Lessons from my children… loving life

A skydiving "buddie" and Cullen -  friendship and trust

A skydiving “buddie” and Cullen – friendship and trust

It seemed like a Nanosecondblink blink blink … and is only now that I’m able to begin with the processing.

As I wrote, back on 16Jan2013, my eldest child has returned to the delight of throwing himself out of aeroplanes… shudder… but is something that parents just have to learn to live with. So, I smiled to read his early morning blog post today and loved seeing the beautiful sunrise, through his eyes, as he drove out to the Drop Zone to celebrate with old friends.

Early morning drive to the DropZone along the Southern Expressway, South Australia. 8Feb2013.

Early morning drive to the DropZone along the Southern Expressway, South Australia. 8Feb2013.

 Describing that special moment in time, Cullen wrote:

It’s what we make of them

One thing’s for sure. The sun will rise tomorrow. As my wife says, the only thing we can change is what it means to us.

Not every day – but at least sometimes – a sunrise should mean something other than another day on the hamster wheel. Something to look forward to, a chance to step above the grind.

Today a friend of mine celebrates 25 years in skydiving and I’m headed out to the dropzone to celebrate with him. That’s what today’s sunrise means.

I can celebrate catching up, again, with old friends I haven’t seen for ten years.”

~~~~~~~~~

I still had a smile on my face when suddenly the TV news reported that a skydiver had fallen to his death when his parachute failed to open… same drop zone, same age … everything fitted the description of my boy.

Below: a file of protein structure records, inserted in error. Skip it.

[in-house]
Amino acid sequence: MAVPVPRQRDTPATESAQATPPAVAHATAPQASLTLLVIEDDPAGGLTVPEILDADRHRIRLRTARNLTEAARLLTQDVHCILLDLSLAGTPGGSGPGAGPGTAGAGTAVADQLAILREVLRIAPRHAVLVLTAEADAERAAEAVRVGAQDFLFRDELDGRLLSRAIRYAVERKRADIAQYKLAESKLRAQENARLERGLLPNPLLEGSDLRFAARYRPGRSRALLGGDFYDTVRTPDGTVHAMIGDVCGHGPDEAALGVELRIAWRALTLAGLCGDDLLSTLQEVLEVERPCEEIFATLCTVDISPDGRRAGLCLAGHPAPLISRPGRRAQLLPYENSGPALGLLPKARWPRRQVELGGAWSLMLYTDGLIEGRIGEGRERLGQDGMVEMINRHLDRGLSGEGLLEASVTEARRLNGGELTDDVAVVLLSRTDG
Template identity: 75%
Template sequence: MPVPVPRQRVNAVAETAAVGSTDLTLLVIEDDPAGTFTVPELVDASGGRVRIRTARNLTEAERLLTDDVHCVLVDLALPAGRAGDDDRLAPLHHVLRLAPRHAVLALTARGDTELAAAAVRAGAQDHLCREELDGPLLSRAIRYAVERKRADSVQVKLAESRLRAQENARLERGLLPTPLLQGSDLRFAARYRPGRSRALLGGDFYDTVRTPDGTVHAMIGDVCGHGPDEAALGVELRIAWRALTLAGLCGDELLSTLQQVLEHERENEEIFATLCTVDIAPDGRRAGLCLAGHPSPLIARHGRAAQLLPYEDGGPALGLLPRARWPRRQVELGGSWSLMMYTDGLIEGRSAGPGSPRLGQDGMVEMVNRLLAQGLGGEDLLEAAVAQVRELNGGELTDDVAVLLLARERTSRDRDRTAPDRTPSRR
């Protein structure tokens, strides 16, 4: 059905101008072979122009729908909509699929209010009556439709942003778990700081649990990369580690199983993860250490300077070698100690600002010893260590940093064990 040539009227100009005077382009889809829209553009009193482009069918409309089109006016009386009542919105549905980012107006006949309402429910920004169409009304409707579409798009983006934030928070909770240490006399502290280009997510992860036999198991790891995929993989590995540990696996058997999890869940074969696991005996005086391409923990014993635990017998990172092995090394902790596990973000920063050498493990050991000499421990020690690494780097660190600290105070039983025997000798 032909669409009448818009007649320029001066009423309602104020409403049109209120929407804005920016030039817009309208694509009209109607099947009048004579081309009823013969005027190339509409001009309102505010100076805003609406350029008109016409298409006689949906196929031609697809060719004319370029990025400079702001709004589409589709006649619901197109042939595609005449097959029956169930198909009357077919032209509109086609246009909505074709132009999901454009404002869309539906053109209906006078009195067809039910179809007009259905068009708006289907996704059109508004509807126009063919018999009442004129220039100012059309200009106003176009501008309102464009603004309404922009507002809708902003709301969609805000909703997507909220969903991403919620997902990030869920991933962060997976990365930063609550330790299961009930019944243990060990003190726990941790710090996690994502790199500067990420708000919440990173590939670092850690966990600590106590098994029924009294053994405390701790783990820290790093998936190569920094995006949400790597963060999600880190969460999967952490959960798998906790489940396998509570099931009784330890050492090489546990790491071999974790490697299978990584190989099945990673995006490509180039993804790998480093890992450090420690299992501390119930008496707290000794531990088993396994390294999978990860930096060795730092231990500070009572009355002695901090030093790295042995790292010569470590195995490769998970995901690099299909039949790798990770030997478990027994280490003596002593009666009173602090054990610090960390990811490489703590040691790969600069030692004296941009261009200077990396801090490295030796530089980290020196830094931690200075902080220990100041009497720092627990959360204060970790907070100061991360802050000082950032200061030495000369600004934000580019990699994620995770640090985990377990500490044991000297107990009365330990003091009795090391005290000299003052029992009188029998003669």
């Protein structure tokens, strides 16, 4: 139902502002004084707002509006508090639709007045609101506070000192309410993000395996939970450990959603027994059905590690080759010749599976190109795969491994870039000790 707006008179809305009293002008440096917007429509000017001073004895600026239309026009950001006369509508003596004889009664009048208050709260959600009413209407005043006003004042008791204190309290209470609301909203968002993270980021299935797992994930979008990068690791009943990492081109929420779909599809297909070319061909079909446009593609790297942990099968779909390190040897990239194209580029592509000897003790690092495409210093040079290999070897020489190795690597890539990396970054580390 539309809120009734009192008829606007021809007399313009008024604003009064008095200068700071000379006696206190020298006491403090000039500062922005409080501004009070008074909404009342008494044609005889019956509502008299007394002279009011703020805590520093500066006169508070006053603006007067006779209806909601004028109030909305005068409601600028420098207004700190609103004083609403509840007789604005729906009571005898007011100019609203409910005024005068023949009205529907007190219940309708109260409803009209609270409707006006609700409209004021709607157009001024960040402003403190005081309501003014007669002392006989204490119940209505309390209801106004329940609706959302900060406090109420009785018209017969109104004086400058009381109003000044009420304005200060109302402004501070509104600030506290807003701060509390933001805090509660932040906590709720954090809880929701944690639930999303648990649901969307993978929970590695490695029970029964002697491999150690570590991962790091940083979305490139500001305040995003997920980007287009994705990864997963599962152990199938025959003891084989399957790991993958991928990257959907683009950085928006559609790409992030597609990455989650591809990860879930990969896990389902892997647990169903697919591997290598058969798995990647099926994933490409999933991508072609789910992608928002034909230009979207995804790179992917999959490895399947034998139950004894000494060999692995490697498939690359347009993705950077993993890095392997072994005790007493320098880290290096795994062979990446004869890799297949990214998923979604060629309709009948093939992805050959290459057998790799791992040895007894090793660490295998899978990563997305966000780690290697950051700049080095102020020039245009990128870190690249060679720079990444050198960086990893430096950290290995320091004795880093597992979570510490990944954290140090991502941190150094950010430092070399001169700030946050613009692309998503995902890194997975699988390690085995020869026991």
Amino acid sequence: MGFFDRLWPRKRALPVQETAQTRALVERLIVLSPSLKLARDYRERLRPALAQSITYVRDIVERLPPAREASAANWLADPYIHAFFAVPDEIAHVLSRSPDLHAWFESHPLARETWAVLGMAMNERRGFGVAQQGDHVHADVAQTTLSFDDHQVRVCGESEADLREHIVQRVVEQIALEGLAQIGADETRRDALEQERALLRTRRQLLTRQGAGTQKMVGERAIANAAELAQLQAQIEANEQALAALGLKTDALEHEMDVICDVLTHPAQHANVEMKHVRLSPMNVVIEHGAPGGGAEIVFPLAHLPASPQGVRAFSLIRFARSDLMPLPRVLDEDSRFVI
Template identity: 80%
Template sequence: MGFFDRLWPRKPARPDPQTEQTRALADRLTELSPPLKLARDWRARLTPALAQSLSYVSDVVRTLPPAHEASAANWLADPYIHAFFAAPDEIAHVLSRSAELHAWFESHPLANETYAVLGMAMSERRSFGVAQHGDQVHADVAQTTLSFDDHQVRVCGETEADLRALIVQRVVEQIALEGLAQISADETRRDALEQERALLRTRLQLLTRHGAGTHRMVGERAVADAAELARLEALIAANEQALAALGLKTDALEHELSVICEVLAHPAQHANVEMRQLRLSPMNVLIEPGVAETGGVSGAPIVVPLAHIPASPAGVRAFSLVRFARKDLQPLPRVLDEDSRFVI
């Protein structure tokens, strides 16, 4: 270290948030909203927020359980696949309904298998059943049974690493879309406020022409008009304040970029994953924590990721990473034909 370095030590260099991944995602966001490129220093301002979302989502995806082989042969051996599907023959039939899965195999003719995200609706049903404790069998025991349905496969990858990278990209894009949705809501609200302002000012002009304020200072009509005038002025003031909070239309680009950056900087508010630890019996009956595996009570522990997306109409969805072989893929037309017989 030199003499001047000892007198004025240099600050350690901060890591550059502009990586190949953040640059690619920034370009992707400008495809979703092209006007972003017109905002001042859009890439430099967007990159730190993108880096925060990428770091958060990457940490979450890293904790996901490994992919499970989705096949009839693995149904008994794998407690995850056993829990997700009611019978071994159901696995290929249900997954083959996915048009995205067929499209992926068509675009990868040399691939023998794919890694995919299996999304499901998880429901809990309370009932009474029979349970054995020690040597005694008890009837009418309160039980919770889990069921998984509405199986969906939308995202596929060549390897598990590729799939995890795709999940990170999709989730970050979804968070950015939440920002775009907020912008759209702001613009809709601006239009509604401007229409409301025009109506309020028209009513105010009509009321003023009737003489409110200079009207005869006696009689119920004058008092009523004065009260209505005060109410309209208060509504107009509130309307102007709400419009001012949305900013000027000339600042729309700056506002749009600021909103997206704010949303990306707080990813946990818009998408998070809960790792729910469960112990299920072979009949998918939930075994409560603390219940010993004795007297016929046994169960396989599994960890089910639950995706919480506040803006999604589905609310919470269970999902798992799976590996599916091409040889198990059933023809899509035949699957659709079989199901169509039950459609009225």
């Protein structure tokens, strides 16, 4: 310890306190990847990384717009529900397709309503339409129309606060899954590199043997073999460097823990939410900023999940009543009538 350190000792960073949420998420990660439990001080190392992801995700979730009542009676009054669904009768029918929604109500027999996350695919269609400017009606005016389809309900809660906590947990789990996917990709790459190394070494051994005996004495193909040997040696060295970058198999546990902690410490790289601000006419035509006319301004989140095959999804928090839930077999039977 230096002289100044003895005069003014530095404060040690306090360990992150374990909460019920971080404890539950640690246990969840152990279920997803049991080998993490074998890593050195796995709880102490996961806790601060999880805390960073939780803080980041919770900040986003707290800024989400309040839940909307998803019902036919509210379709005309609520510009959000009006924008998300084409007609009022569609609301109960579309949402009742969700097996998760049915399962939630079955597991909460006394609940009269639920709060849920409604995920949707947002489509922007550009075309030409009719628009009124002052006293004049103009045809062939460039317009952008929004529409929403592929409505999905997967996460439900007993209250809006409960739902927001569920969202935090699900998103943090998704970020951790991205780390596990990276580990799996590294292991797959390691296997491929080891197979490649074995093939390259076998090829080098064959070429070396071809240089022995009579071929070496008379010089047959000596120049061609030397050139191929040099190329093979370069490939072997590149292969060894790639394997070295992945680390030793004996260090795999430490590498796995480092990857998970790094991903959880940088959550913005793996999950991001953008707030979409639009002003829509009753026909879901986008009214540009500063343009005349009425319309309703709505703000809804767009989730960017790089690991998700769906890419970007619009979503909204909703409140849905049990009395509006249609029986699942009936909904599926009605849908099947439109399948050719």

Breath deep Catherine… Breath deep Catherine… I kept playing my daughter’s wise words, of some months ago, through and through my head like a Mantra…

stay calm … breathe deeply … you’ll be told if anything is wrong…

Then the phone rang and my heart skipped a beat… so to hear the words:

“Mum, it’s Cullen… I have to keep this short… “

was like a gift from the Gods & Goddesses. He knew people would be worried, he’d lost his phone and was trusting me to be discreet in letting people know he was safe. Yes, he did know the fellow who had died, was keeping guard at the gate with other skydiving buddies to keep the media out and would be home later that night. I passed his message on with both gratitude yet sadness in my heart.

Cullen... drop zone. 8feb2013.

My prayer is that those whose dearly loved brother, father, husband, child, cousin, grandchild etc, who lost his life doing something he loved so passionately will be comforted in this knowledge.

Back skydiving and loving it... Jan 2013.

Back skydiving and loving it… Jan 2013.

It’s what helps me over-come the terrible fear that maybe the next skydiving death will be my boy. I know he has trained well, doesn’t take risks and could  lose his life crossing the road or driving a car… apart from that, who could deny some one they love so deeply the joy clearly shown on Cullen’s face on his recent return to the sport which gives them so much pleasure?   

~~~~~~~~~

Copyright © 2013. Catherine Ann Crout-Habel

 

UPDATE 9 FEB 2013